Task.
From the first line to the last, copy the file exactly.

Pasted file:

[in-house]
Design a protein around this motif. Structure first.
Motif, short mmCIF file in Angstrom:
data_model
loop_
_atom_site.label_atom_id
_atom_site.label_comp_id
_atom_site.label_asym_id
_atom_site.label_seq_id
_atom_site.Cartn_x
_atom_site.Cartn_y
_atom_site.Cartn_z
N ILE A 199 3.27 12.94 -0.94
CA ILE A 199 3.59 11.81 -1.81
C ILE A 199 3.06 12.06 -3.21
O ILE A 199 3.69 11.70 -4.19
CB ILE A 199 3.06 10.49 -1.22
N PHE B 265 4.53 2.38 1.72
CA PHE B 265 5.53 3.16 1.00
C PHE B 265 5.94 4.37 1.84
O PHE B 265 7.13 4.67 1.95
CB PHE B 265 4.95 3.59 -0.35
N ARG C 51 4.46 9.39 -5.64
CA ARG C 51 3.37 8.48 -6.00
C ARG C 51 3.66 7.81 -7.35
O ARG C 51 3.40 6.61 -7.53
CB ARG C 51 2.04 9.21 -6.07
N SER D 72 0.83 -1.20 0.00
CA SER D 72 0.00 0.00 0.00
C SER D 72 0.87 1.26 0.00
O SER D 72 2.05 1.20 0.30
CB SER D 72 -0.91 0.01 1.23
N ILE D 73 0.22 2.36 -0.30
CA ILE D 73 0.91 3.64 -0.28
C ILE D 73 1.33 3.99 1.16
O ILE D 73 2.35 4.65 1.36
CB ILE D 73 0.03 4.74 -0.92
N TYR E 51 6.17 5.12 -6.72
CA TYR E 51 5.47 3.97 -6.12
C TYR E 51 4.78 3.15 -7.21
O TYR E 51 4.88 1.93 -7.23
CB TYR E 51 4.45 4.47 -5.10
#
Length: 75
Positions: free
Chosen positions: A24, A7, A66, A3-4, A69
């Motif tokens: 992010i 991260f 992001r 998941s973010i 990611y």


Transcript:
[in-house]
Design a protein around this motif. Structure first.
Motif, short mmCIF file in Angstrom:
data_model
loop_
_atom_site.label_atom_id
_atom_site.label_comp_id
_atom_site.label_asym_id
_atom_site.label_seq_id
_atom_site.Cartn_x
_atom_site.Cartn_y
_atom_site.Cartn_z
N ILE A 199 3.27 12.94 -0.94
CA ILE A 199 3.59 11.81 -1.81
C ILE A 199 3.06 12.06 -3.21
O ILE A 199 3.69 11.70 -4.19
CB ILE A 199 3.06 10.49 -1.22
N PHE B 265 4.53 2.38 1.72
CA PHE B 265 5.53 3.16 1.00
C PHE B 265 5.94 4.37 1.84
O PHE B 265 7.13 4.67 1.95
CB PHE B 265 4.95 3.59 -0.35
N ARG C 51 4.46 9.39 -5.64
CA ARG C 51 3.37 8.48 -6.00
C ARG C 51 3.66 7.81 -7.35
O ARG C 51 3.40 6.61 -7.53
CB ARG C 51 2.04 9.21 -6.07
N SER D 72 0.83 -1.20 0.00
CA SER D 72 0.00 0.00 0.00
C SER D 72 0.87 1.26 0.00
O SER D 72 2.05 1.20 0.30
CB SER D 72 -0.91 0.01 1.23
N ILE D 73 0.22 2.36 -0.30
CA ILE D 73 0.91 3.64 -0.28
C ILE D 73 1.33 3.99 1.16
O ILE D 73 2.35 4.65 1.36
CB ILE D 73 0.03 4.74 -0.92
N TYR E 51 6.17 5.12 -6.72
CA TYR E 51 5.47 3.97 -6.12
C TYR E 51 4.78 3.15 -7.21
O TYR E 51 4.88 1.93 -7.23
CB TYR E 51 4.45 4.47 -5.10
#
Length: 75
Positions: free
Chosen positions: A24, A7, A66, A3-4, A69
């Motif tokens: 992010i 991260f 992001r 998941s973010i 990611y």